Last summer and fall, Jamie Robertson and Amelia Hagen-Dillon, of the budding Missoula-based business Cairn Cartographics, and Robertson's brother Thomas, collectively hiked some 800 miles in the Bob Marshall Wilderness over the course of 53 days with GPS devices in hand to create a new—and more accurate—map of the sprawling mountainous backcountry.
Their first map, which charts the southern half of the 1.5 million-acre Bob Marshall Wilderness Complex, is nearly done, and in order to raise enough money to print it, they used a novel approach: a web-based funding platform called Kickstarter. About three weeks ago Cairn Cartographics reached its $5,000 fundraising goal using Kickstarter, enough to print about 2,000 copies of its first map.
"We're hoping to turn this into a full-time business, and a lot of that will depend on how well this first map goes," says Robertson, a 26-year-old who holds a geography degree from the University of Montana and works in the school's IT department. "We anticipate it will go well."
According to Bob Marshall Wilderness Foundation Executive Director Keagan Zoellner, the last map of the complex was drawn in 1990, and is in dire need of ground-truthing.
"Technology has improved since 1990, so it's great to have them out there and doing it," says Zoellner, who coordinated food drops last summer so the cartographers could hike longer distances and minimize backtracking.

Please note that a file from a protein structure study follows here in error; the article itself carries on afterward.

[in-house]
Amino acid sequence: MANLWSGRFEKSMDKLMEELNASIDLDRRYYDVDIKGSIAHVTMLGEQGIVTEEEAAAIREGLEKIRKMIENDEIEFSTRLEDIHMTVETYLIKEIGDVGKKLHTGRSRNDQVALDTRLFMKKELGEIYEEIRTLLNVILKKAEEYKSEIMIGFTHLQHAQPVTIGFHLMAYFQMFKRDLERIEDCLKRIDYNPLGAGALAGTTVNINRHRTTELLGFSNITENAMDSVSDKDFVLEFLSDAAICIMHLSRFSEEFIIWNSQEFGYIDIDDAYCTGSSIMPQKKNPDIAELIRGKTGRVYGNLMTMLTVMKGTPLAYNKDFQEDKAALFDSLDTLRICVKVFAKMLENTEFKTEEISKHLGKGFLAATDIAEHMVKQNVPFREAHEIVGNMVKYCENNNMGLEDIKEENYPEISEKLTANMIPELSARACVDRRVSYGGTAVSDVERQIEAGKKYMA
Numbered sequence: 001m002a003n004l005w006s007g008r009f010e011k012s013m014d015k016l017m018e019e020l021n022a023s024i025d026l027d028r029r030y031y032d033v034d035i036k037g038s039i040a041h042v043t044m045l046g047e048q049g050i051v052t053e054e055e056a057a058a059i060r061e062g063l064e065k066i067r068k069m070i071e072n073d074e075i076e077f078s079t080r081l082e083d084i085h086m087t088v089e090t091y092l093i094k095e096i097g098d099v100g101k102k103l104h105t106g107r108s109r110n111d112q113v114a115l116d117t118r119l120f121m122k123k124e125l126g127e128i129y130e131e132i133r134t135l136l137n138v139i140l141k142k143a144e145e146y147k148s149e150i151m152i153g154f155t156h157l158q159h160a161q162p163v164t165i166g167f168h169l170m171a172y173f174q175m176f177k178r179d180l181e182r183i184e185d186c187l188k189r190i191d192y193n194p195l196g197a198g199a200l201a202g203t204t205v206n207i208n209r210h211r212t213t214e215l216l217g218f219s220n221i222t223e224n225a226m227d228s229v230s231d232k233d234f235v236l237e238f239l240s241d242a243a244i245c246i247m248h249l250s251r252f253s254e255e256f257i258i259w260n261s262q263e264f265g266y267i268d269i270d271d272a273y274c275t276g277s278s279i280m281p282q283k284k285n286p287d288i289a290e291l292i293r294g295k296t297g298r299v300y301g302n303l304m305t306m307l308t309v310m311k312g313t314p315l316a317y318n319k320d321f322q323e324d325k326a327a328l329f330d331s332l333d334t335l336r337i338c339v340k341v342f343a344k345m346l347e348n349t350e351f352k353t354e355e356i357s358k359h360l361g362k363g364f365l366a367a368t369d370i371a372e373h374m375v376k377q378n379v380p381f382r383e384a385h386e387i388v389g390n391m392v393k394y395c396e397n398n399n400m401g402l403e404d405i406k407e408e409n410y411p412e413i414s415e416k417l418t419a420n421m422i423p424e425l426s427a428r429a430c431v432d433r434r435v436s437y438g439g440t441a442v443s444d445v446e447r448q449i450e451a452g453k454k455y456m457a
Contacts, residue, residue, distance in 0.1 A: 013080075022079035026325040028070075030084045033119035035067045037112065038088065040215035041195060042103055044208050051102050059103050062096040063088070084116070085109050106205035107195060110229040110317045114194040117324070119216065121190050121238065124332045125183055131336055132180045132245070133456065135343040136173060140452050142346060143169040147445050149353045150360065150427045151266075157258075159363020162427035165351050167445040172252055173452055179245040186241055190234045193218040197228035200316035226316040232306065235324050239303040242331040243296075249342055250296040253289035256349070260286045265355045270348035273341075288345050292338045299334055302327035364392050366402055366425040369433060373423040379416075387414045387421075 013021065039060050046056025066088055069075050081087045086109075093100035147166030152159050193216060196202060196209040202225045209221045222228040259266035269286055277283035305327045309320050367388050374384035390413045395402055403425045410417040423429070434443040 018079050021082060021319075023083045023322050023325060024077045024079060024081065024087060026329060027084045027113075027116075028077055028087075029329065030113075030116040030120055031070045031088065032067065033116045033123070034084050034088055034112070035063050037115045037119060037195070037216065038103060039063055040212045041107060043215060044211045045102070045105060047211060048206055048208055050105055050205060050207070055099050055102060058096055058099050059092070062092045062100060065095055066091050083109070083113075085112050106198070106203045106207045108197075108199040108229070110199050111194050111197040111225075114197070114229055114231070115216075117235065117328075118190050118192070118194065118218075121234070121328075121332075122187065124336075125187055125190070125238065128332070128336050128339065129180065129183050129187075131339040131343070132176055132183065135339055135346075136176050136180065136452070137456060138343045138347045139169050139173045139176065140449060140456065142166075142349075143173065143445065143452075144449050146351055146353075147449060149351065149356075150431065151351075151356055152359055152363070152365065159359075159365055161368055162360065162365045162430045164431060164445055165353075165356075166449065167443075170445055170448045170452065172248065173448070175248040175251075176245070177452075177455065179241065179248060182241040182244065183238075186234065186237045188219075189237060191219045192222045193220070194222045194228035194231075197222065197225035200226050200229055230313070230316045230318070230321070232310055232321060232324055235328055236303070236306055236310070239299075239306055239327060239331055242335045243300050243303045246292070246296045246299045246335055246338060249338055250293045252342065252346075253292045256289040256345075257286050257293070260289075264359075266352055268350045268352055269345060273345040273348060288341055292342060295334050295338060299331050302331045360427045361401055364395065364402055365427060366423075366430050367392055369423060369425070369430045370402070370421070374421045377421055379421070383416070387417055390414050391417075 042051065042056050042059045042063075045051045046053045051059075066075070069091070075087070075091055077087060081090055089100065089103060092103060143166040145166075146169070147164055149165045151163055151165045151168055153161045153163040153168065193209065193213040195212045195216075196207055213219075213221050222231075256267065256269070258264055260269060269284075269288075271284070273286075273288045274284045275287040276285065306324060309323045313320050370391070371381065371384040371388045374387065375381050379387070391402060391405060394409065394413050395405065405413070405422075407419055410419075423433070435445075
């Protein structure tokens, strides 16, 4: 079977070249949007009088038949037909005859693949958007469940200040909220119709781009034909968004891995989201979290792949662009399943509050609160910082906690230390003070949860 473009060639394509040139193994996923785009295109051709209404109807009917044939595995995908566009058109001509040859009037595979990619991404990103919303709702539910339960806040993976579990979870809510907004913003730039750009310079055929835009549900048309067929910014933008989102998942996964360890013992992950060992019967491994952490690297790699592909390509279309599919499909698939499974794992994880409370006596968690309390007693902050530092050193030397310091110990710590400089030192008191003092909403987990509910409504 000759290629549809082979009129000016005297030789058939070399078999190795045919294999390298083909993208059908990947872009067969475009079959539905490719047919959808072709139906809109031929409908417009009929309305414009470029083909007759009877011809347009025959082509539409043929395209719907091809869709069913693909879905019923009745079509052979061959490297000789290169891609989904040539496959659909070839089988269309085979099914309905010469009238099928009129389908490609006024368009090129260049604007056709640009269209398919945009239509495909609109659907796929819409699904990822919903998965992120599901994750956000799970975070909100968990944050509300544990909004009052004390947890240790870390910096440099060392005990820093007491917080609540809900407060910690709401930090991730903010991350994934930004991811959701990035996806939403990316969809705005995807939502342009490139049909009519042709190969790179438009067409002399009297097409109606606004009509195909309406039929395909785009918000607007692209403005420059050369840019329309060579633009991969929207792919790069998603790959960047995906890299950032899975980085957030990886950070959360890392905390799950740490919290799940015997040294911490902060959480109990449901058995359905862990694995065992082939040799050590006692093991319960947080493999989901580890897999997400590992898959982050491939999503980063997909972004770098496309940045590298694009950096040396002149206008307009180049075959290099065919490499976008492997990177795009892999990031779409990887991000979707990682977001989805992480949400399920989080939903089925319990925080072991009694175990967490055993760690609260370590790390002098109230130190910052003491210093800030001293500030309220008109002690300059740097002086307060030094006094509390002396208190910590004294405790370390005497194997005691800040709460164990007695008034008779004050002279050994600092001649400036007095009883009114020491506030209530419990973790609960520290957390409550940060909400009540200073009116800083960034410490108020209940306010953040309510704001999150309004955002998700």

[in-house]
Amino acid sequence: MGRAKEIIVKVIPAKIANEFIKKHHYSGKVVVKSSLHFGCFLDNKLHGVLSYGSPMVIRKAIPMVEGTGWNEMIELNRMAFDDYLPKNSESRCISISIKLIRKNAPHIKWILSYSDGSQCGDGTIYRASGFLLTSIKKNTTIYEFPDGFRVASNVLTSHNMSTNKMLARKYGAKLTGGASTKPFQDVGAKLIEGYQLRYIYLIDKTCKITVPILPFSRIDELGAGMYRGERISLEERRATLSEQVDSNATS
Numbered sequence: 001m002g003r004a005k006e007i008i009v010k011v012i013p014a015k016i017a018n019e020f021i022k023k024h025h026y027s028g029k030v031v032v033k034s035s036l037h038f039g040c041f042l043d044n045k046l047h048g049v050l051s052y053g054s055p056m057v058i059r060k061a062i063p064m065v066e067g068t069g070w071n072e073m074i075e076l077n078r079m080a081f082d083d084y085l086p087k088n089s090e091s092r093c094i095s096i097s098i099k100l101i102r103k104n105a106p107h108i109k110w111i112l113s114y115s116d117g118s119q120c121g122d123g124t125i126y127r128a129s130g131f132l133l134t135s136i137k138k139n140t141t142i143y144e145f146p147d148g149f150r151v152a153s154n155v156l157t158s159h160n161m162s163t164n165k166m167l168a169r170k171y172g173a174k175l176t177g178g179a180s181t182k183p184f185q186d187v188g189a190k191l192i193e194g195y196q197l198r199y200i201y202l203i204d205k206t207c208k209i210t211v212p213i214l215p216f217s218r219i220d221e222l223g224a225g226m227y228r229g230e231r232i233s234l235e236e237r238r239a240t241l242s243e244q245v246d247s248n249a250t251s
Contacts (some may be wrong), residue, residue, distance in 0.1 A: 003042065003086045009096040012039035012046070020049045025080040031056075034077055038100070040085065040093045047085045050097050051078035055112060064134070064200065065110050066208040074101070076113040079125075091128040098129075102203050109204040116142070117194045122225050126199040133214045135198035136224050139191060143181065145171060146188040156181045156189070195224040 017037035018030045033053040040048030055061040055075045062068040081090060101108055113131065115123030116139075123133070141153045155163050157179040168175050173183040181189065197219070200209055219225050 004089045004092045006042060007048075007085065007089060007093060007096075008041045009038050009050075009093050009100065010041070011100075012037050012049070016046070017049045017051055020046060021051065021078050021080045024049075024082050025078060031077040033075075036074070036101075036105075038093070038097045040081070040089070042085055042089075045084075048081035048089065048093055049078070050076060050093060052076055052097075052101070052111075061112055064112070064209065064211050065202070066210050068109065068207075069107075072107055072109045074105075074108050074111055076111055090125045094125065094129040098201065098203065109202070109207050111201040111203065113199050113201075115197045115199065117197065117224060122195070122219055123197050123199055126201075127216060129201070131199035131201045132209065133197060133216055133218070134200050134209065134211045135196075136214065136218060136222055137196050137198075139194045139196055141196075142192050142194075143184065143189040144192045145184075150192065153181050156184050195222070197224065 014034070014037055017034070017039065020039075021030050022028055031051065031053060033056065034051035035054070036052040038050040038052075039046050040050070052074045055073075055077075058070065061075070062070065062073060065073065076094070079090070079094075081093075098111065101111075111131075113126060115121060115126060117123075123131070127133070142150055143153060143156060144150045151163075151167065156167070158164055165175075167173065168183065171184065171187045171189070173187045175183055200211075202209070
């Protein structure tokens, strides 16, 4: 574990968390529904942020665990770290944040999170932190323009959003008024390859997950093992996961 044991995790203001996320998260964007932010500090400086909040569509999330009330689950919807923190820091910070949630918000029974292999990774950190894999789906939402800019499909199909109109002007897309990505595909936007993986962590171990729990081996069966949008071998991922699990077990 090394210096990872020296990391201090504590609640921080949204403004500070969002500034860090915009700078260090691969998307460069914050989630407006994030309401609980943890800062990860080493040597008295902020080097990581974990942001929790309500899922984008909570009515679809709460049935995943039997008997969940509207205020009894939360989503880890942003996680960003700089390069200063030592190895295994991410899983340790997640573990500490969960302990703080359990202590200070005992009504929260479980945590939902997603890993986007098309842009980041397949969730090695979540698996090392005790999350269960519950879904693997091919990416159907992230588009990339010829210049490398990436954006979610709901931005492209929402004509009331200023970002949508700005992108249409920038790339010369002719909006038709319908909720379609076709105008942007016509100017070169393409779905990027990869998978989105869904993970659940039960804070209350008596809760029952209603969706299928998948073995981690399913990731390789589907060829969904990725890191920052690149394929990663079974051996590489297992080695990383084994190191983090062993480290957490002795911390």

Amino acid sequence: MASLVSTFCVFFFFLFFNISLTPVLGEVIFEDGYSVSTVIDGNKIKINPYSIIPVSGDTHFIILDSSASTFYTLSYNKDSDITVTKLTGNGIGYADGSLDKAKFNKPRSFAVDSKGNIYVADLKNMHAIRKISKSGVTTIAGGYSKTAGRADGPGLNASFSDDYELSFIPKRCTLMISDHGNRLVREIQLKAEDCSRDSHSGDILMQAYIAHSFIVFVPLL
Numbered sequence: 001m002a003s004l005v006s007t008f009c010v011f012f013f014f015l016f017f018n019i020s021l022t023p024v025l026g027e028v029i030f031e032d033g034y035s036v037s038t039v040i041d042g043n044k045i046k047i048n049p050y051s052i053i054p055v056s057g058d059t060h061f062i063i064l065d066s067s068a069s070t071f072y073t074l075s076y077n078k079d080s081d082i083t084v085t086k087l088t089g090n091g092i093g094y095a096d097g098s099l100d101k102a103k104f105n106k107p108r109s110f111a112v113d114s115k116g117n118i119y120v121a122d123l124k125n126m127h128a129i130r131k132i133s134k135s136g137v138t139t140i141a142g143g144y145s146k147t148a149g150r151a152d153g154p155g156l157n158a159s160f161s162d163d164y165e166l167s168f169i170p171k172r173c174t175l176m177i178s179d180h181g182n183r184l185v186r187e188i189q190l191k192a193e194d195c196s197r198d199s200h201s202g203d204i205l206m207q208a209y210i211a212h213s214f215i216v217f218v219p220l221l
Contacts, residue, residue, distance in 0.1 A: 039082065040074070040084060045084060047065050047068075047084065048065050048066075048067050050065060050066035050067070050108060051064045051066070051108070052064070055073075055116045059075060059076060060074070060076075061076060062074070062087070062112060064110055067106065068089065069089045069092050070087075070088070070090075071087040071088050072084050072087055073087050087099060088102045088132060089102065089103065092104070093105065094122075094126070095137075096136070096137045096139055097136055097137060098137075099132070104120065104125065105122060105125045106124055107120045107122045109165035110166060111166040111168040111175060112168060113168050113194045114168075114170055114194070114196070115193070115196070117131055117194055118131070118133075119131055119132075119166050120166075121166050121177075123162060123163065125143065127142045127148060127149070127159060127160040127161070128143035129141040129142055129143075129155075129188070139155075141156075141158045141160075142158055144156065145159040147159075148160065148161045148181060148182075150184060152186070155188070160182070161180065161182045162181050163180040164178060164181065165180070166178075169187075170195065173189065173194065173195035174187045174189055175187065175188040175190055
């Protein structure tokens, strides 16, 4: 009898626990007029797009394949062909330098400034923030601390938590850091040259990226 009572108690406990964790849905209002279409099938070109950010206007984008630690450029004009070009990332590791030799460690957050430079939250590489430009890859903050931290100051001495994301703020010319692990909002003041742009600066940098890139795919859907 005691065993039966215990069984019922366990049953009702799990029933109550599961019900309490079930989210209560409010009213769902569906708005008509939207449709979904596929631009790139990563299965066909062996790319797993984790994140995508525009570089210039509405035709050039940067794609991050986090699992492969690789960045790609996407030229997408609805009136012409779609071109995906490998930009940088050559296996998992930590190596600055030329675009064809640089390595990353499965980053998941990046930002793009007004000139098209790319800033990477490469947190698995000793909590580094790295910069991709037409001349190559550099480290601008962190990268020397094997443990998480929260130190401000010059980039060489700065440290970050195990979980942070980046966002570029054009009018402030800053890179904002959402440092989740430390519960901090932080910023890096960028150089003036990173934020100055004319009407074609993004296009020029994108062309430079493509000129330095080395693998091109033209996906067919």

Robertson and Hagen-Dillon took their 675 miles of GPS data and "processed it and massaged it and ran it through GIS [geographic information system]," Robertson says, and then used graphic design software to create the map. Drawn to a 1:80,000-scale, it includes marked trail and river mileages and shaded relief. They hope to print it on waterproof, tear-resistant paper in time for the summer recreation season, and make it available through Cairn Cartographics, the Bob Marshall Wilderness Foundation and local outdoor stores.
By the time the new map appears, Robertson and Hagen-Dillon will be deep in the backcountry collecting data for their next one—detailing the northern half of the Bob Marshall Wilderness Complex. Robertson says they'll head out as soon as the snow melts.